Topic: Government & Politics
Of Nader and the Ethics of Terry
Terry McAuliffe, former Clinton ally, former DNC Chair, political fundraiser
extraordinaire and all-round wheeler-dealer, ran to fill the vacated Governors
chair in Virginia. Out of the blue, Ralph Nader suddenly reappeared and
revealed that McAuliffe, when he was Chairman of the Democratic National
Committee in 2004, offered him an undisclosed amount of money to pull
out of 19 battleground states in the Presidential election, so that he
wouldnt pull crucial votes from Senator John Kerry. The story actually
had been told before, in a post-election book by a Nader staffer. McAuliffes
camps immediate reaction was to brush aside the accusation as old news,
much the way ex-slugger Mark McGwire kept telling Congress that he didnt
want to talk about the past when he was asked if he had used steroids.
Later, a spokesman said that McAuliffe never offered Nader any money
to drop out of the race, which, coming from a Clintonite, could easily
mean that he did offer money to Naders campaign to leave
the race in certain states. Since Nader, for all his faults, delusions
and excesses, has never lacked for integrity, and since Naders description
of McAuliffe as slipperier than an eel in olive oil would be probably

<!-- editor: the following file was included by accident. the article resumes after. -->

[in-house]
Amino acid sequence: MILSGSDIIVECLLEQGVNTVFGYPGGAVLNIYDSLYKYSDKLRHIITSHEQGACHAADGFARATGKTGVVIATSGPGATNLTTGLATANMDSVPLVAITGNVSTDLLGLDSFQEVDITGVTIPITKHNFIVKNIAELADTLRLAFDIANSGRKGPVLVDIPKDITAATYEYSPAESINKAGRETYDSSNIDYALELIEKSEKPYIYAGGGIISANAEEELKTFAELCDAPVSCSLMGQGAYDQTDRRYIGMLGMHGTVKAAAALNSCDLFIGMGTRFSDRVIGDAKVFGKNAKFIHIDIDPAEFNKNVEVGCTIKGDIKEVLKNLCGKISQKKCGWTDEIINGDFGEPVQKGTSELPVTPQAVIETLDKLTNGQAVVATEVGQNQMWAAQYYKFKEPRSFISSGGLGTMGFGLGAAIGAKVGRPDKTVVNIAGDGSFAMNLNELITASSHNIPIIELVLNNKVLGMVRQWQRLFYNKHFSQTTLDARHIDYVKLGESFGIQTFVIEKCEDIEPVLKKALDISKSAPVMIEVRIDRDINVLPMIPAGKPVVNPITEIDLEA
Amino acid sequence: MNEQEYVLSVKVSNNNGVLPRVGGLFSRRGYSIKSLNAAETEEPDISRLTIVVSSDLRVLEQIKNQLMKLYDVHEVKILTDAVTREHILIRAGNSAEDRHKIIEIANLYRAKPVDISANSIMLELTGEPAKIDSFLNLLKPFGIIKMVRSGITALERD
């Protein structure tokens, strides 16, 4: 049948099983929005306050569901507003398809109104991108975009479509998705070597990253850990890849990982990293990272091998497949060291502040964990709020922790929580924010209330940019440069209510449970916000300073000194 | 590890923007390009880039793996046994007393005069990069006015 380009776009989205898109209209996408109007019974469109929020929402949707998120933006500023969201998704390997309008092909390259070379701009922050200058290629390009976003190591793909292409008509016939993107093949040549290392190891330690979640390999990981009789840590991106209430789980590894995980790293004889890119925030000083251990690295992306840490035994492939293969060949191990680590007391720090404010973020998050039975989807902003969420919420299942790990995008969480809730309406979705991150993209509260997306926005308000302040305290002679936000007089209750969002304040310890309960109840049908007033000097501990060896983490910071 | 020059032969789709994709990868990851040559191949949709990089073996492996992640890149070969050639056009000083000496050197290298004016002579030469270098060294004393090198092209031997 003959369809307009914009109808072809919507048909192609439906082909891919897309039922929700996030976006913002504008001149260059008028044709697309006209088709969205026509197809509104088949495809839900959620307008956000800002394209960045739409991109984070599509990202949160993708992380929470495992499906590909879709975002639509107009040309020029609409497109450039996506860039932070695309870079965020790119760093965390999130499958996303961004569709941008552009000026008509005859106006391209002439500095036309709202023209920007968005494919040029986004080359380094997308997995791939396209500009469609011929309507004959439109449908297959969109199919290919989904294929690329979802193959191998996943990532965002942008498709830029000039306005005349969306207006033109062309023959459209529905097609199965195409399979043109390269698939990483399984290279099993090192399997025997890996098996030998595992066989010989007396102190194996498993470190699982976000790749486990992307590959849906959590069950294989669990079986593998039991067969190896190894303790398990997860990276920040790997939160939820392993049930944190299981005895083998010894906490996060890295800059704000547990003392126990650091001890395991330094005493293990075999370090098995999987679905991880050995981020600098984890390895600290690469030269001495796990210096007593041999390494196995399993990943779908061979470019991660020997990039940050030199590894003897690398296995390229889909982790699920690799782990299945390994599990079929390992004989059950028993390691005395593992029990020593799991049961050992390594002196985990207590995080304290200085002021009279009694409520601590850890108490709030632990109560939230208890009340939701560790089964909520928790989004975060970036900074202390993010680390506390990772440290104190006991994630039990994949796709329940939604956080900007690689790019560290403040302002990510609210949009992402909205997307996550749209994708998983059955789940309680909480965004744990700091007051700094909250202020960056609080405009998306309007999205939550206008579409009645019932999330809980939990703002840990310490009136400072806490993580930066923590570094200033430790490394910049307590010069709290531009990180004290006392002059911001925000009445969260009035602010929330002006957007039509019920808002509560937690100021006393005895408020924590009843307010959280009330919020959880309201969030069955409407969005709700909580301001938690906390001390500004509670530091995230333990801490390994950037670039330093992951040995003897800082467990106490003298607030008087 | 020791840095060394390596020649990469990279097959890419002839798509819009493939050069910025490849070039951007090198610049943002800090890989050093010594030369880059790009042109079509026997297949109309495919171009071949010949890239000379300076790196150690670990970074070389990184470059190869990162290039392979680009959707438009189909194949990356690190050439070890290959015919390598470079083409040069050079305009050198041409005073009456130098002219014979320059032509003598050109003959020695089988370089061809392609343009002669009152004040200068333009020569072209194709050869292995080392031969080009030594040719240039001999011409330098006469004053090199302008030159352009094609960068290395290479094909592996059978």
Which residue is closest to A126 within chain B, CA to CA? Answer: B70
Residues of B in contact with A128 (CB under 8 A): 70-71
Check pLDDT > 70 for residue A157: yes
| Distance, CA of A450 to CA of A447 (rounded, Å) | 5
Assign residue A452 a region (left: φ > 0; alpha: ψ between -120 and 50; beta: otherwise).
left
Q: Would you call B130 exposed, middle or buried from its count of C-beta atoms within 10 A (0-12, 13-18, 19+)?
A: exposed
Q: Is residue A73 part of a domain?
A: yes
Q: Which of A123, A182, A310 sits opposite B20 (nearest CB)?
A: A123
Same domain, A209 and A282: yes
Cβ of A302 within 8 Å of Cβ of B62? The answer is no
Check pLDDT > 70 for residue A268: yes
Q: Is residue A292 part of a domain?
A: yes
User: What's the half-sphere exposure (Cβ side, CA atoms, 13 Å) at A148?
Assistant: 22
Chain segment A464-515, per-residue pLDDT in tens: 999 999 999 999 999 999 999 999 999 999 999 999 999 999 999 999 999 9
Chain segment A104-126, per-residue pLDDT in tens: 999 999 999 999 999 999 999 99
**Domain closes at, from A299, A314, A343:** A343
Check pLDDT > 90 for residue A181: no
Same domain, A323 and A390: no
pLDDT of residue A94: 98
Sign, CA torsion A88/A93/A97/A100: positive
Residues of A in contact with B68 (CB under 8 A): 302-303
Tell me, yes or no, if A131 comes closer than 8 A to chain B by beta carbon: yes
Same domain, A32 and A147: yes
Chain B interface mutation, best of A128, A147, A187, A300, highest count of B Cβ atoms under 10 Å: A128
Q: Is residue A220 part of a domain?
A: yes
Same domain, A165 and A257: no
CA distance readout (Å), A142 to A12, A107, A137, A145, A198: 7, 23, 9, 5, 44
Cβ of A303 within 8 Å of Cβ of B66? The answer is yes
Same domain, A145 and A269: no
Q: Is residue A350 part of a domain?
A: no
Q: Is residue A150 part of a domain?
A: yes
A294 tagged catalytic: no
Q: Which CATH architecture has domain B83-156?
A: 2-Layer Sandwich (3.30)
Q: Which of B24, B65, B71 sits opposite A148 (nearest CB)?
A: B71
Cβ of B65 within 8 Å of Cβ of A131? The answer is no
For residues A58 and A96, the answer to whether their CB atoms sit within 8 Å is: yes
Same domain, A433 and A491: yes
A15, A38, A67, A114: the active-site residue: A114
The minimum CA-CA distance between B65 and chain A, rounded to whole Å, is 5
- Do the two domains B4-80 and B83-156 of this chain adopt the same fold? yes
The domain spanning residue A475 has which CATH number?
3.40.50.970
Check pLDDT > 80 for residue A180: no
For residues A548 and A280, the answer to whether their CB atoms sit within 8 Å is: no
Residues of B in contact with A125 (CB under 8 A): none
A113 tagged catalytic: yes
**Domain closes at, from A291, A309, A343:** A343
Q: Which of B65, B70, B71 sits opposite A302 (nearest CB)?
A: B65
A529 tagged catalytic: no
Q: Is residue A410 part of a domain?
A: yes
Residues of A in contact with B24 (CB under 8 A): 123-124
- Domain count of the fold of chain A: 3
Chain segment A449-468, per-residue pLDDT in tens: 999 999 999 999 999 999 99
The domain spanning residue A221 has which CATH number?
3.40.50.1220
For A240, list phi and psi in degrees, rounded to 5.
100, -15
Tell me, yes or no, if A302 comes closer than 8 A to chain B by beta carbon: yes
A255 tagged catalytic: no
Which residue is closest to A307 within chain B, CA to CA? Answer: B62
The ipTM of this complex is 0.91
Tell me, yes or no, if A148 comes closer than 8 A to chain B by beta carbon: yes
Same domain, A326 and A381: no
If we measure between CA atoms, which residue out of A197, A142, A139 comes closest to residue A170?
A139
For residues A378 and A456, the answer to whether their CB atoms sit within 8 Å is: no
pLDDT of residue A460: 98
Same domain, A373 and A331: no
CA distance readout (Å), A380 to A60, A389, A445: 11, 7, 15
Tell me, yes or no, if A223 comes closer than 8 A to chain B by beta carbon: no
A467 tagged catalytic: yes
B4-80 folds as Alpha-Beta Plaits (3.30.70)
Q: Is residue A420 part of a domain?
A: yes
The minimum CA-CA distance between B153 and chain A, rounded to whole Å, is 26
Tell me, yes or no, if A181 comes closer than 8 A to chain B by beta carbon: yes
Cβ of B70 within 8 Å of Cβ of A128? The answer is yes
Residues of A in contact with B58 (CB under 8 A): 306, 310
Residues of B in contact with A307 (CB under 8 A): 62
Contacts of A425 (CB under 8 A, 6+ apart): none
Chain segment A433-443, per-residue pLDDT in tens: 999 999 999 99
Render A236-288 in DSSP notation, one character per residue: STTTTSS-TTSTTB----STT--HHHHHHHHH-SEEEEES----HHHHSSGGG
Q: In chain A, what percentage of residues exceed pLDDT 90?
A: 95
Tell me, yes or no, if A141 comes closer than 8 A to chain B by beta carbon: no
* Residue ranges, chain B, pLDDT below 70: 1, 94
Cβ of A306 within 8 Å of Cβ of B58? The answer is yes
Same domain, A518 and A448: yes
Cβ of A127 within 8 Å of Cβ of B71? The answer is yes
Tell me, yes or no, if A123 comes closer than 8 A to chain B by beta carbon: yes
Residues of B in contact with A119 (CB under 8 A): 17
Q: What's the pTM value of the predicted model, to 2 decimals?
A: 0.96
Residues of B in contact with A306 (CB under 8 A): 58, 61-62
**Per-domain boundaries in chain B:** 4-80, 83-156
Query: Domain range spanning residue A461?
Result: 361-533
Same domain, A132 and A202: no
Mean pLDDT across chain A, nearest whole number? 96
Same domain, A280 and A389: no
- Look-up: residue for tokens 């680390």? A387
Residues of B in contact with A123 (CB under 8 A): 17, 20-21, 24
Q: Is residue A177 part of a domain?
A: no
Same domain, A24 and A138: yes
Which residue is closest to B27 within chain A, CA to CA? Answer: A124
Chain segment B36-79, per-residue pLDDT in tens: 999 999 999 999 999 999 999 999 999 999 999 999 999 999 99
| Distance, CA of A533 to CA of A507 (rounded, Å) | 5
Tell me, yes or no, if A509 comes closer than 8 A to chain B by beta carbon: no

be endorsed as accurate even by McAuliffes best friends, the Scoreboard
would tend strongly to believe Nader.
Assuming that the story is true (and we will probably never know), let
us do a little ethical inventory:
Politicians like Terry McAuliffe—and they include the Clintons, Tom
DeLay, Nancy Pelosi and many others in both political camps—really dont
think in terms of ethical or unethical. Their entire orientation is acquiring
and wielding power: what works, and doesnt send you to jail, is good.
What doesnt, or breaks the law, is bad. Whether you think such people
make trustworthy public servants or not is up to you, as it is currently
up to Virginians whether they want someone of this orientation as their
I do not.
Update: Despite huge advantages in funding and name recognition,
McAuliffe was upset in the Democratic primary for Governor, getting only
slightly more than half the votes that went to the winner, a man named
Mr. Deeds, like the Frank Capra movie. Many pundits believe Naders account
had a significant effect on the outcome.
I sure hope so.